Viktor Emil Frankl was a physician and psychiatrist. He survived the World War II Holocaust. His Nazi concentration camp experiences led him to wonder how any human being could maintain hope under such extreme conditions.
He came to believe that our survival depends upon finding meaning, even in desperate circumstances. Frankl proposed that we have free will to choose our attitudes, even about torture, death, and dying.
He observed that those human beings whose core spirits chose to have faith in the future and who find meaning in the moment, often found the strength and the courage to face the most difficult problems.
“We who lived in concentration camps can remember the men who walked through the huts comforting others, giving away their last piece of bread. They may have been few in number, but they offer sufficient proof that everything can be taken from a man but one thing: the last of the human freedoms—to choose one’s attitude in any given set of circumstances, to choose one’s own way” (Victor Frankl. Man’s Search for Meaning, 1946).
It is when we find the “why” we want to live that we can endure almost any “how.” The “why” is our purpose.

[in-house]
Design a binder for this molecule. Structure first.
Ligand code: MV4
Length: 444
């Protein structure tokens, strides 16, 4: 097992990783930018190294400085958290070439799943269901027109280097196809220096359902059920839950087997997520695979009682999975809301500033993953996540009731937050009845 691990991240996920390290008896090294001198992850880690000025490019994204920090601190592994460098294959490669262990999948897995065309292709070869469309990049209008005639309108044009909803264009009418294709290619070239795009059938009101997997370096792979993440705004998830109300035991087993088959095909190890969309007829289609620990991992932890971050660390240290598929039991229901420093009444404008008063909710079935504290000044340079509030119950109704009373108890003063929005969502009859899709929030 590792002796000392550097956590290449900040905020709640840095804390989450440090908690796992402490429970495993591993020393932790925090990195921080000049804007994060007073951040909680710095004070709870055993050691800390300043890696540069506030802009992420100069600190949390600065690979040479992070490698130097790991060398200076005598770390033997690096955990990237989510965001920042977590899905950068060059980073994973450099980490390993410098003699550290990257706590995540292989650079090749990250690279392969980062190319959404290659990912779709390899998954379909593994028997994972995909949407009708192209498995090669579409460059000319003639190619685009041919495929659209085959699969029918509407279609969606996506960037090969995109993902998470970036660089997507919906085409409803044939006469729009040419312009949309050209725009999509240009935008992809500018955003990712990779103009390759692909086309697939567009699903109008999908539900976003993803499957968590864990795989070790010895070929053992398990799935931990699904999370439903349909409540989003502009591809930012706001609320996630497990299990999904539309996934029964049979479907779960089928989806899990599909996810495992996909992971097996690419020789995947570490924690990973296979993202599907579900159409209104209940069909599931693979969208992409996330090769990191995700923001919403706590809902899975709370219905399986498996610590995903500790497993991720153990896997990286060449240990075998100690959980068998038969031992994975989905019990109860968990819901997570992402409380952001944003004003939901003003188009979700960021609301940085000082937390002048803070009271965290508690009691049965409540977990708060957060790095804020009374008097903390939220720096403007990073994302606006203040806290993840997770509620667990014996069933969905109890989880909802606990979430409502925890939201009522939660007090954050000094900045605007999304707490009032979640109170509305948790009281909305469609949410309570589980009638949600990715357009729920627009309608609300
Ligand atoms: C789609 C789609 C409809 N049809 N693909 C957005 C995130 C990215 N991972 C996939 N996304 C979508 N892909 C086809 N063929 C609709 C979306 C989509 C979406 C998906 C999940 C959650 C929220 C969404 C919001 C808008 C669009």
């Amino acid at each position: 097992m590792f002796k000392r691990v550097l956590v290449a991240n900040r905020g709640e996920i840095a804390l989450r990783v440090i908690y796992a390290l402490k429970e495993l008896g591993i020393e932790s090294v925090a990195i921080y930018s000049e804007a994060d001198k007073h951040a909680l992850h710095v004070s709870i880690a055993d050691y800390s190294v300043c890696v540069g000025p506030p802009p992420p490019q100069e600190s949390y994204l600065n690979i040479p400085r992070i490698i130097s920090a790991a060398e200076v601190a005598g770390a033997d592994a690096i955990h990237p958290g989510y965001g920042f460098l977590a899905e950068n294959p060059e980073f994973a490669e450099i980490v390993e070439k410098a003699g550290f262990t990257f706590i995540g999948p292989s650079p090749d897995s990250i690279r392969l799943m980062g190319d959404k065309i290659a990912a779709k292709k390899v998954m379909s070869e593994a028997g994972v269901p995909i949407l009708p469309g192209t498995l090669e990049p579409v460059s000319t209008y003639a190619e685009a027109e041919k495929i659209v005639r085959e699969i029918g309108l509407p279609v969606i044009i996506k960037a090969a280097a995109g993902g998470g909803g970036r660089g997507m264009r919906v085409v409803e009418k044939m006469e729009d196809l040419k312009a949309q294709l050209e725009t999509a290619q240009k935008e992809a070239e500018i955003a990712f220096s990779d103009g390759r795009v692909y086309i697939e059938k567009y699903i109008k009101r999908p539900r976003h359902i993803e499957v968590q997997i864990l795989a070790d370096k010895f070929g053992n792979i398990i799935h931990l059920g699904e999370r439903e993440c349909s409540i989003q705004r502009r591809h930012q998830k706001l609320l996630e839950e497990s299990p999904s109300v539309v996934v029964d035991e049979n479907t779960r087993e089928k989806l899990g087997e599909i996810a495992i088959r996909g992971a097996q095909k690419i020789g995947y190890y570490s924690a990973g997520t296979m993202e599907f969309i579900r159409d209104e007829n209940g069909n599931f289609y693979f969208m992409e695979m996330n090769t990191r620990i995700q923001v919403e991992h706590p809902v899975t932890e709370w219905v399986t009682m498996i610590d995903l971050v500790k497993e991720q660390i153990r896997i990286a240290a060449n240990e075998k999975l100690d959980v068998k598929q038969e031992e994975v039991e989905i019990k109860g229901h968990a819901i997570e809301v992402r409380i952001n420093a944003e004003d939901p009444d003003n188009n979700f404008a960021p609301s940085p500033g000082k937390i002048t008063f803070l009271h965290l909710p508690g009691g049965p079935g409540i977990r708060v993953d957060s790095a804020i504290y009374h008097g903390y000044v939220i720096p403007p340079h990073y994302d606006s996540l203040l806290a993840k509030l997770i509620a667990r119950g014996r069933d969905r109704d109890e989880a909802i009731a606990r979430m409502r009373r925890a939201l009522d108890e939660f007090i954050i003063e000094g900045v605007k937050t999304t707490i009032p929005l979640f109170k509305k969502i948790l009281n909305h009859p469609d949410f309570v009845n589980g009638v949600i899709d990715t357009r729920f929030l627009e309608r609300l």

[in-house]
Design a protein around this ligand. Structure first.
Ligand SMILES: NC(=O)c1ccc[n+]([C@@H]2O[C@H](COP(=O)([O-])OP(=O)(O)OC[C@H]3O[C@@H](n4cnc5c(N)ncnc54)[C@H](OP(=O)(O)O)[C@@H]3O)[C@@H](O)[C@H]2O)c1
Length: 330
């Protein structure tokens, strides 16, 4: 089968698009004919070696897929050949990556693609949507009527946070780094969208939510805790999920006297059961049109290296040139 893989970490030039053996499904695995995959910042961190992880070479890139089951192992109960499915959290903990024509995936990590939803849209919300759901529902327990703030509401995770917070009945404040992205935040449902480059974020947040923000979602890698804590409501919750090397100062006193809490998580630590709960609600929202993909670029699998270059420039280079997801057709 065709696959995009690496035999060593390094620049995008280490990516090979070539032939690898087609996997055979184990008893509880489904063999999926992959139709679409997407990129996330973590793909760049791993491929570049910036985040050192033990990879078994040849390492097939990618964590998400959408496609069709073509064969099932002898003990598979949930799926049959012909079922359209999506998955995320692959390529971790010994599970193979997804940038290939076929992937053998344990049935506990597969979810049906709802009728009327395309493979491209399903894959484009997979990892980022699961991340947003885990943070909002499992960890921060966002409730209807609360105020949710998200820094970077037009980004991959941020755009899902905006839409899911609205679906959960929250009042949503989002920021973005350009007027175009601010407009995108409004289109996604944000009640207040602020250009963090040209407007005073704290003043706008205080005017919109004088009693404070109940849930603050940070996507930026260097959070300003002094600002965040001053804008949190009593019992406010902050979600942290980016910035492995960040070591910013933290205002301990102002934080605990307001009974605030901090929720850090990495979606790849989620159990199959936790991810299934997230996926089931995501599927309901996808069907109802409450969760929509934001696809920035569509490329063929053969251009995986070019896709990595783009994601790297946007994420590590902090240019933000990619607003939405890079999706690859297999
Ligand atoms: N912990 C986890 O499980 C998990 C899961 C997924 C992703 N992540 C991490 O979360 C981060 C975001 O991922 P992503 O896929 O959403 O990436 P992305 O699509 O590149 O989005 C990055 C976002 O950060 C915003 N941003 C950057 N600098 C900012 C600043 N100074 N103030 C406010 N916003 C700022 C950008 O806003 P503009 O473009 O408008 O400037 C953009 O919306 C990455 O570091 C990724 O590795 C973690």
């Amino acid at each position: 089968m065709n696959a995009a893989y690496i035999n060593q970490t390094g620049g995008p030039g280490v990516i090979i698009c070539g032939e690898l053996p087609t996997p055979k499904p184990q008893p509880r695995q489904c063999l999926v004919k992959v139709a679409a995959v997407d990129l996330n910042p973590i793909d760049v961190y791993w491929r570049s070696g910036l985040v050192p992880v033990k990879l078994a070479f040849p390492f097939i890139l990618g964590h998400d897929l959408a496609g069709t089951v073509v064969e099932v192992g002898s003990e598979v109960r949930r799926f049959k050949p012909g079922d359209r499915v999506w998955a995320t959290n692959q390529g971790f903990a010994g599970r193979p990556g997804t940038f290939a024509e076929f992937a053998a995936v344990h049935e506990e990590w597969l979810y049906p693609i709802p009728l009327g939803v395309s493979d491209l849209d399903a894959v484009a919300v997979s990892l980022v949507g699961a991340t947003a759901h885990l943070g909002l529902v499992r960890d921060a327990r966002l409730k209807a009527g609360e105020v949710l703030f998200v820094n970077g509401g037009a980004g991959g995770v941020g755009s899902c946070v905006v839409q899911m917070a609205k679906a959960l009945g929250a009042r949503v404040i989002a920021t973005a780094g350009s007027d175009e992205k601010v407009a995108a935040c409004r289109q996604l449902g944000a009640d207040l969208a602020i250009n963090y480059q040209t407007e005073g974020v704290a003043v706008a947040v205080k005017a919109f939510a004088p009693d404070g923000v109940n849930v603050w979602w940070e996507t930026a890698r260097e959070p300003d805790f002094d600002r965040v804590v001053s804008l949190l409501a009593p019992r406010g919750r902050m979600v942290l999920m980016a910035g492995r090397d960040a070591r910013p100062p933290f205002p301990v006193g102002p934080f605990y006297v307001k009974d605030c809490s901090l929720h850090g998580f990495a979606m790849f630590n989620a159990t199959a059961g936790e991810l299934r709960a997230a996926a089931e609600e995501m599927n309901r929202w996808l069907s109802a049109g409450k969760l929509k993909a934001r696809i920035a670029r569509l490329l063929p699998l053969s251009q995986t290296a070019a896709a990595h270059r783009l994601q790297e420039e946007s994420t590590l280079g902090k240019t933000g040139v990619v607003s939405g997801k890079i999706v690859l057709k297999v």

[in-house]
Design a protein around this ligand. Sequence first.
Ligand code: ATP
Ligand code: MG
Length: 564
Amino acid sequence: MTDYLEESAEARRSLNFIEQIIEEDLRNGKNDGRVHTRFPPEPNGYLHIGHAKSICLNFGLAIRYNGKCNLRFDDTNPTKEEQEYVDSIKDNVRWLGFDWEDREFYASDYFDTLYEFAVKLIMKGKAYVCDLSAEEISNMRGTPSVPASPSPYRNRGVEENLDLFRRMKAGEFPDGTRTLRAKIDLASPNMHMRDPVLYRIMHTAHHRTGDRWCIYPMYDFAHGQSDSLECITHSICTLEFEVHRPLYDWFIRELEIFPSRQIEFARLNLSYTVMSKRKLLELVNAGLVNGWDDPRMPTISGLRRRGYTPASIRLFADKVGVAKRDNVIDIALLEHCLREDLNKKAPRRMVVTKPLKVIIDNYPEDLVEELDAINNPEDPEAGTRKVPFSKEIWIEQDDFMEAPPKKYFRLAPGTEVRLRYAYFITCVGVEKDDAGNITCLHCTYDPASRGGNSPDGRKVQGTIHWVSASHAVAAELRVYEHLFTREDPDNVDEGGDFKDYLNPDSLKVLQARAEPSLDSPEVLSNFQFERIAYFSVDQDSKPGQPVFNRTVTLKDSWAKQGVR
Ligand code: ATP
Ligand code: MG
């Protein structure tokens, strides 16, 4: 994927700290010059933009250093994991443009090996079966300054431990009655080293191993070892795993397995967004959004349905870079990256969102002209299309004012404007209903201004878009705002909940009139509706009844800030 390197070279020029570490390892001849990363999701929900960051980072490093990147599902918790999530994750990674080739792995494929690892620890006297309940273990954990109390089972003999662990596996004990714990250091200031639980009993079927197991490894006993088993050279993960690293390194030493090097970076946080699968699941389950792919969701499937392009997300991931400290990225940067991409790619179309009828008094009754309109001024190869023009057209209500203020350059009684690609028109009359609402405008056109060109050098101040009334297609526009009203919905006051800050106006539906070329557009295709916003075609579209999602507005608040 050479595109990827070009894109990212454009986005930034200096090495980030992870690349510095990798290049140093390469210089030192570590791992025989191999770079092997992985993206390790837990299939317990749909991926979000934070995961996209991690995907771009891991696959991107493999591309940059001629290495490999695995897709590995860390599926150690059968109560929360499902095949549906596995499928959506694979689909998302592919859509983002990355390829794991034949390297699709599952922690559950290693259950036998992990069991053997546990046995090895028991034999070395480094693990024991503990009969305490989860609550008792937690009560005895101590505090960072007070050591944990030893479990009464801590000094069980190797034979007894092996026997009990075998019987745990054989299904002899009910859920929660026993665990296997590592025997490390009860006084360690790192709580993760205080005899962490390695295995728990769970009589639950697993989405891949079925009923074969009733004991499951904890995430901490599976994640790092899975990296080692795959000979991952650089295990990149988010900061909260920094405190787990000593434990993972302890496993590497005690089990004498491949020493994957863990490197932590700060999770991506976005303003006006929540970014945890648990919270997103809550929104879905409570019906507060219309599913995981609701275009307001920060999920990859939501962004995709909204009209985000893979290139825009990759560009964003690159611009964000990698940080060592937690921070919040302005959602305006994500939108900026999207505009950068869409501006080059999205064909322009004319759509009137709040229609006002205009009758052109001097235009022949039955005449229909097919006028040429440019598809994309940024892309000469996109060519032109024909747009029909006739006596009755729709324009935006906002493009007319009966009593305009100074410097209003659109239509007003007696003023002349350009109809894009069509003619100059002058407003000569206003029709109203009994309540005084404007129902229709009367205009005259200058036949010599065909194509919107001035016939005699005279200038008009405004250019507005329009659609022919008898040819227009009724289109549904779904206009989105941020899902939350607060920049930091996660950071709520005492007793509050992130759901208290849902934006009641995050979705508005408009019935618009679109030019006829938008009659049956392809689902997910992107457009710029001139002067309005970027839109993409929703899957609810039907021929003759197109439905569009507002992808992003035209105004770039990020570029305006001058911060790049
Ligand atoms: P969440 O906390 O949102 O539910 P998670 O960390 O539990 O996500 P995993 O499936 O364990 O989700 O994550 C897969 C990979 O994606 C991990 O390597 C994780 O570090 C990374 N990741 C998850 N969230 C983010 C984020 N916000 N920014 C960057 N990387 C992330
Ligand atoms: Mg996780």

Frankl found that people with a high purpose can find meaning even in the worst circumstances. In other words, once we have a high calling we will find a way to deal with the suffering that comes our way. If, as Frankl saw, someone decides his or her reason to live is to comfort others, then even in a concentration camp he or she will still have a reason for living.
When we lose our sense of purpose, we lose a sense that our lives mean anything; and we lose hope in the future, for there seems to be nothing worth living for.
What causes us to lose our sense of purpose?
When our purpose is too small and too self-focused.
When we experience suffering and/or inhumanity that is outside our image of how the world should work.
When we commit acts or have thoughts that fracture the image we have of ourselves as being good, kind, and caring human beings under all circumstances.
There is, however, good news. Although we sometimes lose our sense of purpose, we can be restored to a larger sense of purpose. The Bible teaches us that we can be renewed in a life-giving purpose in the following ways:
Make a confession: God calls us to see ourselves as we really are, not as we would like to be.
Make a commitment to turn around: We are called not to wallow in guilt or be stuck in despair, but to step into the future with a commitment to find and live by a higher purpose.
Make a connection to God, to others, and to ourselves: Our higher calling, our higher purpose is to be a part of the community of the faithful, choosing to live and serve as God leads us.
In Psalm 51:10-12 David prayed, “Create in me a clean heart, O God, and renew a right and steadfast spirit within me. Do not cast me away from Your presence and do not take Your Holy Spirit from me. Restore to me the joy of Your salvation and sustain me with a willing spirit.“